For me, personally, I could not get past the Confession. Even though I joined my (ex) husband’s church, I truly did not realize what it fully meant. The Confession, to me, was a barrier. Nothing can be more personal than to acknowledge one’s sins/errors to God and then ask for forgiveness. The Confession removed that close connection in my view. And it also placed the priest in a position of power not only over the parishioner’s spiritual life, but their cultural life, as well.
Having said that, I can say that the Catholic Church at least acknowledged the extreme sacrifice Mother Mary made. Although they stopped there, at least there was some acknowledgement of a woman of great spirituality.
Too bad they portrayed Mary Magdalene as a whore and prostitute…when there was no evidence that she was *ever* a prostitute. And the way they went about correcting this smear campaign was by what some have referred to as a “page 11 retraction” in the newspaper. That is, they went to great lengths to portray Mary Magdalene as a prostitute as if it were front page news, but then they further denigrated her by quietly saying she was NOT a prostitute by burying that news so that even today, people still believe she was a prostitute.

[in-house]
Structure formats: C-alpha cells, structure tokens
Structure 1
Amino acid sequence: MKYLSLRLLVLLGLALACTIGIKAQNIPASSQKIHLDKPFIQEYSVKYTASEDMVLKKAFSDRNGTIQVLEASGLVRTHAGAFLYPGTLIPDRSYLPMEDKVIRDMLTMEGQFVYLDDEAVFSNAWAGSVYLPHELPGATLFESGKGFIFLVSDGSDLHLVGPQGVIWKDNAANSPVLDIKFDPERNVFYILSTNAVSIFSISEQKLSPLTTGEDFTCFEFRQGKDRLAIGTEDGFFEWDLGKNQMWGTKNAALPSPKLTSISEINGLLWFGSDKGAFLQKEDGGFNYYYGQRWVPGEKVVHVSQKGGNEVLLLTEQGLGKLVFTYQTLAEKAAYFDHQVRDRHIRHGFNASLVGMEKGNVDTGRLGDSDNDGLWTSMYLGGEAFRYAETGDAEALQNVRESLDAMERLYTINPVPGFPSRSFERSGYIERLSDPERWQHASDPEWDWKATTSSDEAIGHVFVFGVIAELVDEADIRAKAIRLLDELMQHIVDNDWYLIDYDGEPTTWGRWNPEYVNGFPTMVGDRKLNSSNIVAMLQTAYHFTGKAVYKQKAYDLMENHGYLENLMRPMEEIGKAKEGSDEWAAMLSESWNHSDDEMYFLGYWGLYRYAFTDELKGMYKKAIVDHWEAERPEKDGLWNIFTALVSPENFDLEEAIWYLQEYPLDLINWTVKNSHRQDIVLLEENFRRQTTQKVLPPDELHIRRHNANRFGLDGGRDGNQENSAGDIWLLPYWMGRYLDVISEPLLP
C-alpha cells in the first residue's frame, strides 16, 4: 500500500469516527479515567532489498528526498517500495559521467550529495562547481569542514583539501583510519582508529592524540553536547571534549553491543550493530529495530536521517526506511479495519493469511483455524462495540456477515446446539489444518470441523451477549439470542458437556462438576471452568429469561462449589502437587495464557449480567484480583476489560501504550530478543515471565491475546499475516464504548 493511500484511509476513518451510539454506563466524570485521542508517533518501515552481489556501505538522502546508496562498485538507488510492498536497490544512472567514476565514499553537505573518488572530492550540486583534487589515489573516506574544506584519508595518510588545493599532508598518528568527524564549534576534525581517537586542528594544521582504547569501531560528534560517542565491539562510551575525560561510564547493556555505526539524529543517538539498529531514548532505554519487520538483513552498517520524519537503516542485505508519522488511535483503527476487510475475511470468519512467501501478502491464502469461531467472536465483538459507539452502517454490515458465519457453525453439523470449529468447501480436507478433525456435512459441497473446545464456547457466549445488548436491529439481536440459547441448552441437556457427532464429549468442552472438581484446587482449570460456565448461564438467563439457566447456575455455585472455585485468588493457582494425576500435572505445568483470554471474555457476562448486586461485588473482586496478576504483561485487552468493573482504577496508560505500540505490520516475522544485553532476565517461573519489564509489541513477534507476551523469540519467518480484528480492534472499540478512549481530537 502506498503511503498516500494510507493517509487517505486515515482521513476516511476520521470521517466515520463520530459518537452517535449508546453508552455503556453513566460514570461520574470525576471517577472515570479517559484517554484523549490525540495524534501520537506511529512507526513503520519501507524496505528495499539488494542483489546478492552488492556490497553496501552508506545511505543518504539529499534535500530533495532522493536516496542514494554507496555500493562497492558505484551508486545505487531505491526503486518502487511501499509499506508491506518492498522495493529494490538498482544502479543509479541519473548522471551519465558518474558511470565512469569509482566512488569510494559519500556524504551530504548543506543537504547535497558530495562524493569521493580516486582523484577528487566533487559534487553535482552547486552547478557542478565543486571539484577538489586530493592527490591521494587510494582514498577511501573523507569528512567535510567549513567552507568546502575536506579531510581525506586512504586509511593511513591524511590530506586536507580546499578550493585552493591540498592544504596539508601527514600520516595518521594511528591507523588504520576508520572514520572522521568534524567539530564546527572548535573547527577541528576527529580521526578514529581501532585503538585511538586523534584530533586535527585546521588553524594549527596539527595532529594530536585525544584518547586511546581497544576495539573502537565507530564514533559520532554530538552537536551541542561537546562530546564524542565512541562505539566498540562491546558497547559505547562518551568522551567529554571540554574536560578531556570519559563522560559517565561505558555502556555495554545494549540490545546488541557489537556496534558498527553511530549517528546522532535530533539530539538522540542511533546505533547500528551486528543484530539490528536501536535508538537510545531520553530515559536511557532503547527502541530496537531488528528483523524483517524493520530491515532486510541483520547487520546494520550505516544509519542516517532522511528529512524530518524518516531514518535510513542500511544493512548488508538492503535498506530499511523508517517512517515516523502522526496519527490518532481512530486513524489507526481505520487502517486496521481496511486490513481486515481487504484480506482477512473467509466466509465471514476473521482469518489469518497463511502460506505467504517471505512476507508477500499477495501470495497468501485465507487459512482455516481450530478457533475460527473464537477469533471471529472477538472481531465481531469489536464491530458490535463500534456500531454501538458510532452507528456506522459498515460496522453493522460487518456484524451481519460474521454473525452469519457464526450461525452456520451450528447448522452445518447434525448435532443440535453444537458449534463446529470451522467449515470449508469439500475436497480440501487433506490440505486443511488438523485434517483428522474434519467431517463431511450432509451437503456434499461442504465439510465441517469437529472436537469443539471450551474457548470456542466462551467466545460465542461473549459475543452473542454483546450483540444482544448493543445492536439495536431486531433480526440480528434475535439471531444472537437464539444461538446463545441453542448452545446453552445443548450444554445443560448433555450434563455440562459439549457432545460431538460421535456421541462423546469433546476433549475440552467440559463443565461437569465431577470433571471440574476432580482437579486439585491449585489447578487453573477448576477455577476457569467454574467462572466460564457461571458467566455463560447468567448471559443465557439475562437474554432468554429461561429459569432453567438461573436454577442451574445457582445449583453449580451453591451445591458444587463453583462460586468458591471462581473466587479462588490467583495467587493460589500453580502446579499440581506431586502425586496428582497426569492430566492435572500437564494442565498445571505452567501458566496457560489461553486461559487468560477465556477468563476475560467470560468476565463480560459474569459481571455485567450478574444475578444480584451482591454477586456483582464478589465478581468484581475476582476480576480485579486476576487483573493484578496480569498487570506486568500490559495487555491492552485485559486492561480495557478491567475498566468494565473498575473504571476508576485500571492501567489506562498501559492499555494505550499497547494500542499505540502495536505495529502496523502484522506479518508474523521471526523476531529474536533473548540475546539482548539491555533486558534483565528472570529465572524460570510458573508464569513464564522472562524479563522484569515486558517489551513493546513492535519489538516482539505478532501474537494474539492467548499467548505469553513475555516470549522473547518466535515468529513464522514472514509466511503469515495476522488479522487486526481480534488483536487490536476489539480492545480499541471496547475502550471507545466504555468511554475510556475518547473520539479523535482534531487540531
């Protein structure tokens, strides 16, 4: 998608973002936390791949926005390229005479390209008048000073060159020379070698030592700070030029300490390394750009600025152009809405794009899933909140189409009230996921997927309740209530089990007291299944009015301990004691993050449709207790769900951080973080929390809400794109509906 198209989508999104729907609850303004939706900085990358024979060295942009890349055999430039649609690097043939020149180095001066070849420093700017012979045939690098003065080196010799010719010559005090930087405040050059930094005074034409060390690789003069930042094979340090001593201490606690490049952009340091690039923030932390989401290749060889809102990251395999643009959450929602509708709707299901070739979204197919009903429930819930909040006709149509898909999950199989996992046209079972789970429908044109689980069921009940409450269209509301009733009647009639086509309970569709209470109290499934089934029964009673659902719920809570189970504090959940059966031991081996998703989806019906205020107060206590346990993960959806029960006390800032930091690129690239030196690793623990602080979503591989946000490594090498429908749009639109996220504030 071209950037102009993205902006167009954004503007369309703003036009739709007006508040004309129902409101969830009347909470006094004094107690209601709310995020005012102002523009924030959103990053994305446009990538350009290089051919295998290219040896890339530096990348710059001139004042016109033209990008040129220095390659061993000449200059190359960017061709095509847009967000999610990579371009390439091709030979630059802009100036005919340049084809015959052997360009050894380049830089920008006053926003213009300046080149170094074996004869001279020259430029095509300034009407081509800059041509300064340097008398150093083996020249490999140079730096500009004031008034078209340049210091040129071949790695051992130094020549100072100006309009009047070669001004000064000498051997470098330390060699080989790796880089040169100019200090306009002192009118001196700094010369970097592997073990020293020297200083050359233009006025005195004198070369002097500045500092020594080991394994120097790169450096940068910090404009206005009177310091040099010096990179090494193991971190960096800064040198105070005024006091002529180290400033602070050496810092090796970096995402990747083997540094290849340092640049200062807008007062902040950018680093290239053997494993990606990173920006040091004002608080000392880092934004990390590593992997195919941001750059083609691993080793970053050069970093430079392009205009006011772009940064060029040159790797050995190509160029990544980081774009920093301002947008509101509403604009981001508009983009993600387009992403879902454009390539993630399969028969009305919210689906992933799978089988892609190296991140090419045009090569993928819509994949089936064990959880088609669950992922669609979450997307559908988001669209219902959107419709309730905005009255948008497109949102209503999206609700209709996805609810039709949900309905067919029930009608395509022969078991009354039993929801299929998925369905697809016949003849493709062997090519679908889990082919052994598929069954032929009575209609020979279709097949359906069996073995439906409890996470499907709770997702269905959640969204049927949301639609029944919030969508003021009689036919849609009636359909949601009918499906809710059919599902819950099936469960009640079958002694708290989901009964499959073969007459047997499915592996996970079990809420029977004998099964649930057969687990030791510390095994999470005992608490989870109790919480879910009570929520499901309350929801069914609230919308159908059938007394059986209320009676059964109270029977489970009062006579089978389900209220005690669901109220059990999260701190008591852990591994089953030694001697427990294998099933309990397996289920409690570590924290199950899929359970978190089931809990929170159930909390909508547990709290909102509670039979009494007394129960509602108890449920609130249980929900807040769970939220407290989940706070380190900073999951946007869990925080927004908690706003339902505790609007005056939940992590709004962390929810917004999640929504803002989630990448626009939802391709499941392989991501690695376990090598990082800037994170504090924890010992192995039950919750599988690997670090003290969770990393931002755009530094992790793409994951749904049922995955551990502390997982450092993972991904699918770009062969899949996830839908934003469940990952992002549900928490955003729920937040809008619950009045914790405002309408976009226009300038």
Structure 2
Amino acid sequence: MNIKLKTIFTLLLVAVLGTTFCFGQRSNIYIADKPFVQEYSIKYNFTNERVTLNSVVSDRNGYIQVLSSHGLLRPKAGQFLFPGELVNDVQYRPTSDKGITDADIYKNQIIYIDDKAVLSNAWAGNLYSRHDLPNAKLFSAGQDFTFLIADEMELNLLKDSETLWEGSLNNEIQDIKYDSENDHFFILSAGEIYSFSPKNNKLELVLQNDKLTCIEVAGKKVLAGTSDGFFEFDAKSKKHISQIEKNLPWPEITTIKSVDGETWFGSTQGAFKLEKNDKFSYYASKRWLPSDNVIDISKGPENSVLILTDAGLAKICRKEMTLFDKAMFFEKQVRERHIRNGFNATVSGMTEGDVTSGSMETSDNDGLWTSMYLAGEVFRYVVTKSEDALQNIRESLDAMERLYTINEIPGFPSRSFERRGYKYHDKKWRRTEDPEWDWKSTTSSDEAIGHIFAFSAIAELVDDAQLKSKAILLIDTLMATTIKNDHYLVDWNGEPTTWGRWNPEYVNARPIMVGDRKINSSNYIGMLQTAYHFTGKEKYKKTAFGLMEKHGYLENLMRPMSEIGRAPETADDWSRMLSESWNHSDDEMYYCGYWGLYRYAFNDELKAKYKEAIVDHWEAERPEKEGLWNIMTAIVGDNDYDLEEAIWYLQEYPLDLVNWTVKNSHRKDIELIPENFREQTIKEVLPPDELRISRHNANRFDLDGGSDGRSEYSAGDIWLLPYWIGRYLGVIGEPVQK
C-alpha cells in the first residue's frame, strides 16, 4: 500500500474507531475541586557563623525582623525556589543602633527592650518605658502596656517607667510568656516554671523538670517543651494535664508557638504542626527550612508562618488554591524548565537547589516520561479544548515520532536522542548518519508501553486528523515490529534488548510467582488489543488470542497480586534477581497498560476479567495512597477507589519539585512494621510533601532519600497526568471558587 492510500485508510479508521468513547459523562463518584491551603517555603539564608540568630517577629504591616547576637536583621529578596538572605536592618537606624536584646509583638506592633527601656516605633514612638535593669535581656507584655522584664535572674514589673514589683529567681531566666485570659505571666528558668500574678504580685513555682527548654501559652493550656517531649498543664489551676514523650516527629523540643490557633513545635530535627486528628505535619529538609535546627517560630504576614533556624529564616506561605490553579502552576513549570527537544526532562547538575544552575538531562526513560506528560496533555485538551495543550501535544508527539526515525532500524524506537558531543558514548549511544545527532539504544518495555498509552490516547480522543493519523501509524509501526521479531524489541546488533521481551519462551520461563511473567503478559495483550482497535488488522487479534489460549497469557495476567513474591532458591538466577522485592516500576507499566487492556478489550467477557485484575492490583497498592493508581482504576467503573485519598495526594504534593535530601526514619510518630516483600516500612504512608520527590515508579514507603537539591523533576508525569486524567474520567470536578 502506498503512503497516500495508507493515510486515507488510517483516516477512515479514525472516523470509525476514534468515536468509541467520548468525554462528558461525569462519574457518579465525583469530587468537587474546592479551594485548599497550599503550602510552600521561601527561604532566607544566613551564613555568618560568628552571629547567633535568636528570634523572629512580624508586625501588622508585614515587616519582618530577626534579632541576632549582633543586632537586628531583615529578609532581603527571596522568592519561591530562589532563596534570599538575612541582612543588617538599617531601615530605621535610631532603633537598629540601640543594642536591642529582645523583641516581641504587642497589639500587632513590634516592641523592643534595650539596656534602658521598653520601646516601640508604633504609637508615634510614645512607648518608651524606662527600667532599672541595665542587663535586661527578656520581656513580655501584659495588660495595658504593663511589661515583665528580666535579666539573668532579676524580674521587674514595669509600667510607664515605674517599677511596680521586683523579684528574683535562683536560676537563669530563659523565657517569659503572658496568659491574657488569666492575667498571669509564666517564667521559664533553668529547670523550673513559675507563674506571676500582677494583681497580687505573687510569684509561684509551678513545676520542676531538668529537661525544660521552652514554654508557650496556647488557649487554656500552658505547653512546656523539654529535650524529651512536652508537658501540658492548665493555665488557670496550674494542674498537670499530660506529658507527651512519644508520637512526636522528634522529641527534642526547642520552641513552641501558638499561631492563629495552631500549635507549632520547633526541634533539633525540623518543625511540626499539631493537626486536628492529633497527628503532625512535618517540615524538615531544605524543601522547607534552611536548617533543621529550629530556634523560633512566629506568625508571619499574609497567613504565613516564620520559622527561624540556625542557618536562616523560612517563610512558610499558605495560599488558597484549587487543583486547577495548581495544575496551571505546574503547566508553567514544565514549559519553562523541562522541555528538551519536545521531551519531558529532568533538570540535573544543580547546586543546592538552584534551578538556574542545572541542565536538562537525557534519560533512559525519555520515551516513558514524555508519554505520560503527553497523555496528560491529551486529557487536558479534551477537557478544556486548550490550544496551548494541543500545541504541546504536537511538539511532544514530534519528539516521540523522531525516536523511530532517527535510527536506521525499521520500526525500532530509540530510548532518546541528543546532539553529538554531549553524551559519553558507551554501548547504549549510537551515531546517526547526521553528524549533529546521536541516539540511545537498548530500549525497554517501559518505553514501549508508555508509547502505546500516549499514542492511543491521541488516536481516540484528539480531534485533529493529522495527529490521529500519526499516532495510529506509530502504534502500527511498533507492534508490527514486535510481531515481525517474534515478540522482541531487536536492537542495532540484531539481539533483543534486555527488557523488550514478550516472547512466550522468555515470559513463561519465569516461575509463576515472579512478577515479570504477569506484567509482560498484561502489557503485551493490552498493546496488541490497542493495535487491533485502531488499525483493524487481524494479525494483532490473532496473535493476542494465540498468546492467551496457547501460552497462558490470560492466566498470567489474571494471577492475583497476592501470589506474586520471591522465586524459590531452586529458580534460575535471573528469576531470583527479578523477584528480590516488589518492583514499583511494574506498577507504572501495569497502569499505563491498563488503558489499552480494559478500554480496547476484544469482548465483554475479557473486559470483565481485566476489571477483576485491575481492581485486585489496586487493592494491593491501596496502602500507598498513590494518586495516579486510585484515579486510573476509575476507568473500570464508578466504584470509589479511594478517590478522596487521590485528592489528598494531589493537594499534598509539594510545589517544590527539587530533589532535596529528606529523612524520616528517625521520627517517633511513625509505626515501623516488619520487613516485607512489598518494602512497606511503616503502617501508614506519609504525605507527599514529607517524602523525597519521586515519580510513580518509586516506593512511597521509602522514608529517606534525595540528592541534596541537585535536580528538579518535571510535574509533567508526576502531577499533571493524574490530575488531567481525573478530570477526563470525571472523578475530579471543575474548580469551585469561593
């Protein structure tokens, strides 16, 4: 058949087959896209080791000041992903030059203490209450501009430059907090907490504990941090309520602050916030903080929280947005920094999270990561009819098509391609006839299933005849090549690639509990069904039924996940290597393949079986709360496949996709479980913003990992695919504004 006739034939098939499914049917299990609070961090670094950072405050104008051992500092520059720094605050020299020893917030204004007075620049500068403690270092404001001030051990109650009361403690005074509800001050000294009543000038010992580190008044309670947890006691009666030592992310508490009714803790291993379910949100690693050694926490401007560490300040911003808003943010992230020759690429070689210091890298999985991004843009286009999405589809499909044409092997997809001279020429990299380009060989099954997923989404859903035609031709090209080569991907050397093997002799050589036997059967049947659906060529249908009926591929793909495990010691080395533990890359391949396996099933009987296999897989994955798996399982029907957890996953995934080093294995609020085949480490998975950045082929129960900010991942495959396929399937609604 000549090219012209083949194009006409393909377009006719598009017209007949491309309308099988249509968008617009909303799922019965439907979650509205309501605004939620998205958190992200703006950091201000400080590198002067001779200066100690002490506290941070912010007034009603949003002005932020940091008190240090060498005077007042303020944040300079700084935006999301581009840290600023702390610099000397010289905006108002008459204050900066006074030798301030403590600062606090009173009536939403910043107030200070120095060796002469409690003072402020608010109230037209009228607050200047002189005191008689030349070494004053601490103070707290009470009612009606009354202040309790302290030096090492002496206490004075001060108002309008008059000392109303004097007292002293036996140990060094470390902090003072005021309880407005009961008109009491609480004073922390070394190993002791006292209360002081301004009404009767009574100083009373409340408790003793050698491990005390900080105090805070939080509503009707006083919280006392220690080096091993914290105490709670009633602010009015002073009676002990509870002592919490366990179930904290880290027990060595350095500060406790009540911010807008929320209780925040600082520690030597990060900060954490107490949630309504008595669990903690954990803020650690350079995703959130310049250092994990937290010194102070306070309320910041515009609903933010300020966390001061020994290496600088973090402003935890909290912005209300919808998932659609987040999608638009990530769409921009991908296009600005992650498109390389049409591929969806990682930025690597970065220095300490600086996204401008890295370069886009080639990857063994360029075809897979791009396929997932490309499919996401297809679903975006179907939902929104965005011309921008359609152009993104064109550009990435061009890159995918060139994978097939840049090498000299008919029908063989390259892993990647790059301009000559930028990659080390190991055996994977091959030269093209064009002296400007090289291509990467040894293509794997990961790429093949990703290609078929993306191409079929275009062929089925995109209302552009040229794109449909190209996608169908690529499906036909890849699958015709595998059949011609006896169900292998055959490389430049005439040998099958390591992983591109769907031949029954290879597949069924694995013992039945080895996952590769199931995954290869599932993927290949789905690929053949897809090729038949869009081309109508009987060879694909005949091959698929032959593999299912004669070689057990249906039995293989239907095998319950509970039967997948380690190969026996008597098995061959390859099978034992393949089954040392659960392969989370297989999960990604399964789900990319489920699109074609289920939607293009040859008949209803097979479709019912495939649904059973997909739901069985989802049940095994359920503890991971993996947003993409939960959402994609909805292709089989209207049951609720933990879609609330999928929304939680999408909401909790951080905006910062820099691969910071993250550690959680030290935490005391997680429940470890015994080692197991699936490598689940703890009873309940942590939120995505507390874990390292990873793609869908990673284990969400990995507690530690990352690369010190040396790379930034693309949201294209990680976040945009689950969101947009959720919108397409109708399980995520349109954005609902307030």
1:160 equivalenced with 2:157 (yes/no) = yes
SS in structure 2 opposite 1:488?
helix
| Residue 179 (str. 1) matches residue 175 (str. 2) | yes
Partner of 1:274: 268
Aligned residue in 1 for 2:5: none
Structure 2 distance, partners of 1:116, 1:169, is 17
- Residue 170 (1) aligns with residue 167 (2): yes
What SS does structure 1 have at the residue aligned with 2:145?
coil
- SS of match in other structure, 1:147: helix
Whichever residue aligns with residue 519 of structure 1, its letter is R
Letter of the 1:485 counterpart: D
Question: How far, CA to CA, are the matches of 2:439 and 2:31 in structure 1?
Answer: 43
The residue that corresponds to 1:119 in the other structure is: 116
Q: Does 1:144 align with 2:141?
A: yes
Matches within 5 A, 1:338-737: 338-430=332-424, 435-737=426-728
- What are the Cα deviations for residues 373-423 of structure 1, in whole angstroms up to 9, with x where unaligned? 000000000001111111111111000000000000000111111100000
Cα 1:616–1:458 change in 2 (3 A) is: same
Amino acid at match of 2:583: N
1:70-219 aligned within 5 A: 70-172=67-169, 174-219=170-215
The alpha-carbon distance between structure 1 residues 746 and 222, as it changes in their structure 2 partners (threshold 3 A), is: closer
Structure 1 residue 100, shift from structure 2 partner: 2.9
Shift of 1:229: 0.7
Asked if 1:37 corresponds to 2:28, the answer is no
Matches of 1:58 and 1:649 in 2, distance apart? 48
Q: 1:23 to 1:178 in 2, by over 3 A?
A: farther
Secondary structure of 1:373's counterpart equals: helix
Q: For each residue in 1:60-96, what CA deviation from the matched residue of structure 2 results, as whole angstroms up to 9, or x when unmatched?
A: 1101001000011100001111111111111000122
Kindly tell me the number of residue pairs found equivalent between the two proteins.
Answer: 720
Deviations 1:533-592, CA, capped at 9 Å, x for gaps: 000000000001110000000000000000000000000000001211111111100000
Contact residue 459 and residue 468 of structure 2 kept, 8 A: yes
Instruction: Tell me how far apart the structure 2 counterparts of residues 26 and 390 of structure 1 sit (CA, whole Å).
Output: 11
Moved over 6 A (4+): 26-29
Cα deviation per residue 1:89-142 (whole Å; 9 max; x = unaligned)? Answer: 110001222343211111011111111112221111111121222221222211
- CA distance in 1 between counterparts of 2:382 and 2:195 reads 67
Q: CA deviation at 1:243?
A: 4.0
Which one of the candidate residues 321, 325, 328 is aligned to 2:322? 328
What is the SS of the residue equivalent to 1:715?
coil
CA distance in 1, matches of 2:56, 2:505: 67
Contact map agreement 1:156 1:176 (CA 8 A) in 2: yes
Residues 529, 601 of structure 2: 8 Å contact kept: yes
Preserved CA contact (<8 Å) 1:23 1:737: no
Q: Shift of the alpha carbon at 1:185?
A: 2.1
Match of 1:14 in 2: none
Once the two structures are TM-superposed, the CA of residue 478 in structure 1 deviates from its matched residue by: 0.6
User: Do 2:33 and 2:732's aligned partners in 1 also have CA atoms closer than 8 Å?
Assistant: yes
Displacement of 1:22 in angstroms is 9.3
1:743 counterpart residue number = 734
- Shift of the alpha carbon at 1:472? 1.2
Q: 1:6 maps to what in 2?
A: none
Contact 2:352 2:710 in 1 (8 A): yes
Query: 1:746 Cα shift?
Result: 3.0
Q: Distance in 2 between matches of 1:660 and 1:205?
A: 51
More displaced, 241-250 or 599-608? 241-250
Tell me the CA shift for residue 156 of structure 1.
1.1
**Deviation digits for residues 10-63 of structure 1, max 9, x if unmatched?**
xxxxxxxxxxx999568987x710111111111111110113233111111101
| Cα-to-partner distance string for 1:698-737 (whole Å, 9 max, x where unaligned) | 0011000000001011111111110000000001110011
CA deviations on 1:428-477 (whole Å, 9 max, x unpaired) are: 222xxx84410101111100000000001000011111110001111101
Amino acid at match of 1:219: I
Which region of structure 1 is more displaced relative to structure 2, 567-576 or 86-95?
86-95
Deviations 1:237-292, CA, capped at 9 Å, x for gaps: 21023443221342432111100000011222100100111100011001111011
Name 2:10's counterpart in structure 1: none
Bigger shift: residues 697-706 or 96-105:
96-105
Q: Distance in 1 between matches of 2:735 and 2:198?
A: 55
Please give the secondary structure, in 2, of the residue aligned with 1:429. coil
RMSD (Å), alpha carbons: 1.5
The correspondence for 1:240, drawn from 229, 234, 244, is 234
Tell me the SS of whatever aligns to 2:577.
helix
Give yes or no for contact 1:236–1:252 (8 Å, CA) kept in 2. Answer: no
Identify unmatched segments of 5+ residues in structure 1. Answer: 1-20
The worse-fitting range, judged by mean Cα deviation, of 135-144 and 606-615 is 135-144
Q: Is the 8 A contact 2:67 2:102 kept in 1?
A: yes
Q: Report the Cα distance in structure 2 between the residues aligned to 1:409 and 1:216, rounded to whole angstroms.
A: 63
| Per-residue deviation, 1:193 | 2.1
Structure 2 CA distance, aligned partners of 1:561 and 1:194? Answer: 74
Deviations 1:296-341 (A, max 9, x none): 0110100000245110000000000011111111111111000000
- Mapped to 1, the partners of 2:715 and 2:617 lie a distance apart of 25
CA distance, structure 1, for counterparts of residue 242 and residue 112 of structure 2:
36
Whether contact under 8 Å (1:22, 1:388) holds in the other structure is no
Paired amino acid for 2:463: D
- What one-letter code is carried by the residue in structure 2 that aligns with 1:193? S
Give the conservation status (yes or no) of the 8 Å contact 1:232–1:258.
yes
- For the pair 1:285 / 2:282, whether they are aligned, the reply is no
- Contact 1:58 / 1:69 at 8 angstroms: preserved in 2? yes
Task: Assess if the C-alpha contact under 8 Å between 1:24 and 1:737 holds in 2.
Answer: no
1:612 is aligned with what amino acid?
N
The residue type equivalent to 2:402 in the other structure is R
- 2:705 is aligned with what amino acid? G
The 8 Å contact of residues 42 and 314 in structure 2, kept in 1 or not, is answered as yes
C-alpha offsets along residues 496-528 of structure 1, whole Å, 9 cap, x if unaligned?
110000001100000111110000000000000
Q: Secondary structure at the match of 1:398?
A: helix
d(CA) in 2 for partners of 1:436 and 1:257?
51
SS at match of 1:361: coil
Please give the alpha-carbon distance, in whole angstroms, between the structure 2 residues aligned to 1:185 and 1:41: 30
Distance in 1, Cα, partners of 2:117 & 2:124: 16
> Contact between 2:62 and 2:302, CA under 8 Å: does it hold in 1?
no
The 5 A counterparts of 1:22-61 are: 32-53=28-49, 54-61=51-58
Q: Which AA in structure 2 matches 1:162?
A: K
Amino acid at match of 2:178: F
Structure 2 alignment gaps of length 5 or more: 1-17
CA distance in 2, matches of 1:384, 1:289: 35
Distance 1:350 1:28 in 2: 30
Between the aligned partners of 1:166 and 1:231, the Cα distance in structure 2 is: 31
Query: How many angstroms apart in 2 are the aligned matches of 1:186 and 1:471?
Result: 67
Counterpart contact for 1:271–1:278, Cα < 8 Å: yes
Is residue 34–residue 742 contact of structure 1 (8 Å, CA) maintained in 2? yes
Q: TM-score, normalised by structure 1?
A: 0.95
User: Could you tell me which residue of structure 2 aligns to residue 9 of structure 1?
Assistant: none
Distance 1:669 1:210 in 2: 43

In fact, the more I learn of Mary Magdalene, the more I see that she had Jesus’ back. She truly “got it” and that is why she was included in Jesus’ inner circle…but again, the churches ignore her significance.
And not only was Mary Magdalene part of the inner circle, but Jesus and the Nazarenes were more egalitarian.